The coherence microscope is in particular designed in such a way that it has a depth variation which corresponds at least to the depth resolution of the coherence microscope, determined by the coherence length of the light emitted by the light source, and at most Nλ/4, wherein λ is the wavelength of the light emitted by the light source and N is the number of sensor elements or the used sensor elements in the sensor line. In that case Nλ/4 represents the greatest depth variation for which the sensor line with N sensor elements or N sensor elements which are used fulfils the scanning theorem when using light of the wavelength λ.
Typically the depth variation is in the region of about 100 μm but it can also be below that and can be for example 20 μm or less. In particular it can also be in the region of the depth resolution of the coherence microscope. The smaller the depth variation, the correspondingly shorter can be the sensor line used, and thus also the recording time for recording an image.
With the coherence microscope according to the invention, levels of depth resolution of 10 μm over a depth variation of about 100 μm are possible without having to record a z-stack, and that considerably shortens the scanning time for raster scanning of a specimen.
In an advantageous configuration the coherence microscope according to the invention includes a point light source emitting measurement light and at least one confocal aperture member. In that case the point light source can also be formed by the at least one confocal aperture member. In addition, there is a microscope optical system for focusing the measurement light on to the specimen and for focusing the measurement light reflected by the specimen on to the at least one confocal aperture member which possibly at the same time forms the point light source, or a further confocal aperture member. The term confocal aperture member is intended in this respect to denote not only an aperture or slot disk but any confocally arranged optical element having an aperture or numerical aperture.
In the OCT in accordance with the state of the art stray light which originates from others than the depths of the specimen region to be investigated has a disturbing effect on depth measurement. Such stray light is reduced in the coherence microscope according to the invention by the confocal aperture member. Confocality serves in that respect not to increase lateral resolution but to permit measurement in sharply delimited depth regions. It is therefore possible to operate with medium or high apertures or numerical apertures (NA=between 0.1 and 0.5) which effectively block out the unwanted stray light but which nonetheless allow a high level of lateral resolution with which subcellular structures can be recognised.
Preferably the aperture of the at least one confocal aperture member is so selected that the depth variation of the coherence microscope substantially corresponds to the depth extent of its confocal zone.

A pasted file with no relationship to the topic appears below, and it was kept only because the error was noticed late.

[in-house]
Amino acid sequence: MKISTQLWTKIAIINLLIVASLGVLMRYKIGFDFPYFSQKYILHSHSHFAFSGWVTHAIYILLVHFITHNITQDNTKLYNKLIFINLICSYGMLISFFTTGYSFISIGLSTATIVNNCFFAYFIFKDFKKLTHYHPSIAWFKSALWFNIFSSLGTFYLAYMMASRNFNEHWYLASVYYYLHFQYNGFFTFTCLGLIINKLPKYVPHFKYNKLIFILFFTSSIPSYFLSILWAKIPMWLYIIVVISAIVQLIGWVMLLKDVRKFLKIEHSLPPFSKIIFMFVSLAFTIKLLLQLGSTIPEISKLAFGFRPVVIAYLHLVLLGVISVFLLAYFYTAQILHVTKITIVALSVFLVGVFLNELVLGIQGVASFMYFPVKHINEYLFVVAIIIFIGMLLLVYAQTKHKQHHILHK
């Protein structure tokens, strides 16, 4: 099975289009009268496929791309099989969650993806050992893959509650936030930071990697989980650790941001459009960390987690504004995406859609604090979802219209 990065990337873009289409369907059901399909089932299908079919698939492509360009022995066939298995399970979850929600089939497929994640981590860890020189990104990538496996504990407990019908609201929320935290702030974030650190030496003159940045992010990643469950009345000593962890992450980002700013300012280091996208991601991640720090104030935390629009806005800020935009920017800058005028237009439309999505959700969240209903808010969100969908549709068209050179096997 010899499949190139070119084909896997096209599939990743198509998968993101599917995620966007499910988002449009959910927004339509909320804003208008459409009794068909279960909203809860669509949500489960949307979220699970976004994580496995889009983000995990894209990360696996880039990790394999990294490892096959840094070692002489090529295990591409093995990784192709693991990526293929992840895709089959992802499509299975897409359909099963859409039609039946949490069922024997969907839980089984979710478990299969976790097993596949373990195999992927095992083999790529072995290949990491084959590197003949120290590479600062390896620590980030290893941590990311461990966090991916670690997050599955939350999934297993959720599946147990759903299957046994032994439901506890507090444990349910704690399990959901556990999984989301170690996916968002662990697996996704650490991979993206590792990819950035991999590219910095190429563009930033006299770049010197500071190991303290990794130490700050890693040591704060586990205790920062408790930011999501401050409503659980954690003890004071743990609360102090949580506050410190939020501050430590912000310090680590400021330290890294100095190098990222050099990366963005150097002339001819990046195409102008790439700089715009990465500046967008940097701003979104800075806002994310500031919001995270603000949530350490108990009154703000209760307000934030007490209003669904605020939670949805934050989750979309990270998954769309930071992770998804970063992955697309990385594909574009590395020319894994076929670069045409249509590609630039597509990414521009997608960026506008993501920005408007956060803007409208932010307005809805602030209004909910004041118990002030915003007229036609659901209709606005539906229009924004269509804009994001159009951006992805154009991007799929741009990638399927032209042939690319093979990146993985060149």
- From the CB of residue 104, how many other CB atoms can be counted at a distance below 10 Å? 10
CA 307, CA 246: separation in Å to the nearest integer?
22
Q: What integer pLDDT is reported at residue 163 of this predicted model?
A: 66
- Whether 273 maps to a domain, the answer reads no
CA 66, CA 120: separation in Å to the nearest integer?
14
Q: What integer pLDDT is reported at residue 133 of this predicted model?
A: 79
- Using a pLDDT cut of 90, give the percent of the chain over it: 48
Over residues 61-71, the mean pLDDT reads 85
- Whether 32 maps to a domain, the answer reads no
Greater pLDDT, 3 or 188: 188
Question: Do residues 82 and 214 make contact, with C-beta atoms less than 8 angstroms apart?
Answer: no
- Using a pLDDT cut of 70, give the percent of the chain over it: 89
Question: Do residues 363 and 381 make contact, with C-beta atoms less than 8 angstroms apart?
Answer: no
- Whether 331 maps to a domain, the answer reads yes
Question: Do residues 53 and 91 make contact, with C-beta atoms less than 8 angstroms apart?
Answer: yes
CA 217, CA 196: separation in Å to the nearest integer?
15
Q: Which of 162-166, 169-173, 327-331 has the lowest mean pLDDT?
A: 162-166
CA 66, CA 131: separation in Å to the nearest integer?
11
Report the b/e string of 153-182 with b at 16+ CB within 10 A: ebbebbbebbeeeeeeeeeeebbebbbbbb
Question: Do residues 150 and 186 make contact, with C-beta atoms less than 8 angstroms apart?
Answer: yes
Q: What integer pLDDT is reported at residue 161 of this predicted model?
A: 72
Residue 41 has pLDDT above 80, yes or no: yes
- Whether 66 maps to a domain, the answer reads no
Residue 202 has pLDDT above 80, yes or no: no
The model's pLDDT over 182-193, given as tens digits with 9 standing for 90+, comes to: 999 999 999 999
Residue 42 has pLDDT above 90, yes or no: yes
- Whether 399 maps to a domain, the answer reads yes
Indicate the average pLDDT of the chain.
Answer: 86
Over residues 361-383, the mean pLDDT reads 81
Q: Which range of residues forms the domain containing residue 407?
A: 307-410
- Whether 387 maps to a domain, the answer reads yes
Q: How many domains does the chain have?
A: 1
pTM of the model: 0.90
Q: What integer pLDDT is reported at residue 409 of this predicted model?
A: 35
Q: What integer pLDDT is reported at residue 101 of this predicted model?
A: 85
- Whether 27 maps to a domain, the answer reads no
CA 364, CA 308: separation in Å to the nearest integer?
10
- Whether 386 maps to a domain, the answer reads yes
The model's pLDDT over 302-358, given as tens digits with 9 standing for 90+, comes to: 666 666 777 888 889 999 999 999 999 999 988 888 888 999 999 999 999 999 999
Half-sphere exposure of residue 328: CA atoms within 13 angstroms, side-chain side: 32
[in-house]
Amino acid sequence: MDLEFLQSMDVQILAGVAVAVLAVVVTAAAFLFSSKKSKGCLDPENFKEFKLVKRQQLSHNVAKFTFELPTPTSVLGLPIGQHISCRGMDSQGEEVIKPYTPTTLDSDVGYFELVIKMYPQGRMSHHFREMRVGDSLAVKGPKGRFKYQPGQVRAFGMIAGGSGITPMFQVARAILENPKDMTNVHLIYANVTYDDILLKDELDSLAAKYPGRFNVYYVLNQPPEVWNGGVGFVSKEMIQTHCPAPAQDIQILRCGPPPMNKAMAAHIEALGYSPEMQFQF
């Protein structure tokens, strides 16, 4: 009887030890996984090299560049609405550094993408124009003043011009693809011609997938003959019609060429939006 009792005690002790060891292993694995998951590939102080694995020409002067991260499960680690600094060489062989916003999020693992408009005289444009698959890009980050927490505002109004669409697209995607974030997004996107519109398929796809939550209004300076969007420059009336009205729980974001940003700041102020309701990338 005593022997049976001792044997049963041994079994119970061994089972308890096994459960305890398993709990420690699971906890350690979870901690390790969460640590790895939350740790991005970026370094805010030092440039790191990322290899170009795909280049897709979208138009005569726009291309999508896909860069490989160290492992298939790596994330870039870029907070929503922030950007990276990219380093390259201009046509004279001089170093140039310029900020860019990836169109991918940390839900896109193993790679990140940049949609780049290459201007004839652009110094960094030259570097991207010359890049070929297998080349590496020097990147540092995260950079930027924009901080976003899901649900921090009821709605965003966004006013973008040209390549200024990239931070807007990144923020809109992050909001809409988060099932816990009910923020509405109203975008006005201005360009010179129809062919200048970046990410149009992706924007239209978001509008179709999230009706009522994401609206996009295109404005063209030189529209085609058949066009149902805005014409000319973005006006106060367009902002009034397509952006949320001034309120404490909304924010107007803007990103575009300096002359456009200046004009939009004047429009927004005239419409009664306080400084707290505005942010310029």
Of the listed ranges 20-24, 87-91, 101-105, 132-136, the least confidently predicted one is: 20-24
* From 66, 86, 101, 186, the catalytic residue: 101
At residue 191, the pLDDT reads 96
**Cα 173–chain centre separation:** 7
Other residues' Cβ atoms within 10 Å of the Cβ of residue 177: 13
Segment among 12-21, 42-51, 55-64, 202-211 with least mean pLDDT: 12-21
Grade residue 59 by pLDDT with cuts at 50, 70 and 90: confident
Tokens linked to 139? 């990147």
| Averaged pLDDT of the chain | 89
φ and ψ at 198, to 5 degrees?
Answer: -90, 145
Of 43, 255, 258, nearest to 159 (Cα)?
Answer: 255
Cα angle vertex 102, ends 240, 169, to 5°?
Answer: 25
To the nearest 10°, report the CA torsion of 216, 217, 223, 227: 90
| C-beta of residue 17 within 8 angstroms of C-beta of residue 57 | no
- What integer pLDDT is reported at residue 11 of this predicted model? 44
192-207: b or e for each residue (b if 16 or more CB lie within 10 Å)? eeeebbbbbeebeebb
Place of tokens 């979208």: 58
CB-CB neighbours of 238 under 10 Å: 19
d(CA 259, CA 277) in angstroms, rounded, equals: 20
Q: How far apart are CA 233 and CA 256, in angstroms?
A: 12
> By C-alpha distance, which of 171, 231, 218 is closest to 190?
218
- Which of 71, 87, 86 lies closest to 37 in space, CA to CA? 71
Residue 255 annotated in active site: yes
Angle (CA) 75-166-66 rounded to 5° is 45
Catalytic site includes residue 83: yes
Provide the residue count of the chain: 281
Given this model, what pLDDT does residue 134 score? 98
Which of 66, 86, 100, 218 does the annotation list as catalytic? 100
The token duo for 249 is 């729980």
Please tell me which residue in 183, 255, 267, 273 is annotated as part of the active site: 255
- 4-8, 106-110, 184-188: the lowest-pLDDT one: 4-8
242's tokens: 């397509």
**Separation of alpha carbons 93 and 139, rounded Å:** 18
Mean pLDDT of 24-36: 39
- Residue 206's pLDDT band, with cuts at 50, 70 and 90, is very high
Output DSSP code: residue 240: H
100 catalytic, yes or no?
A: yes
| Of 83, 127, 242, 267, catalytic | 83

A further configuration of the coherence microscope has an optical fiber which feeds the measurement light to the microscope optical system. In addition preferably a scanning device is arranged between the optical fiber and the microscope optical system. The at least one confocal aperture member can be formed in that case by the optical fiber. If a monomode fiber is used as the optical fiber, the optical distance covered by the measurement light is established and known with a high level of accuracy.
In still a further configuration of the invention an ordered fiber bundle is connected between the optical fiber and the microscope optical system, preferably between the scanning device and the microscope optical system. In that case the at least one confocal aperture member can alternatively be formed by the optical fiber or by the fibers of the fiber bundle. As recording of z-stacks is not necessary with the coherence microscope according to the invention, no mechanically moved elements are required at the distal end of the fiber. Equally there is no need to implement additional focusing devices at the distal end.
In a particular configuration of the invention the ordered fiber bundle can be integrated into an endoscope. In that case the distal end of the endoscope can include a magnification optical system whose numerical aperture is so selected that the optical resolution at the fiber bundle end face corresponds to the diameter of the fibers of the fiber bundle.
A further configuration of the coherence microscope is distinguished in that there is a scanning device for coupling measurement light into the fibers and/or for coupling measurement light reflected by the specimen out of the fibers. In a particular configuration provided between the scanning device and the proximal end of the ordered fiber bundle is an optical system which is so designed that the light to be coupled into the fibers is slightly defocused at the proximal end of the fiber bundle. It is possible in that way to ensure that each individual fiber is well affected in the same manner when the light is coupled in. Alternatively there can be a scanning control means which is adapted to perform an initialisation operation in which the central position of the fibers at the proximal end of the ordered fiber bundle is ascertained in order to improve the coupling-in effect.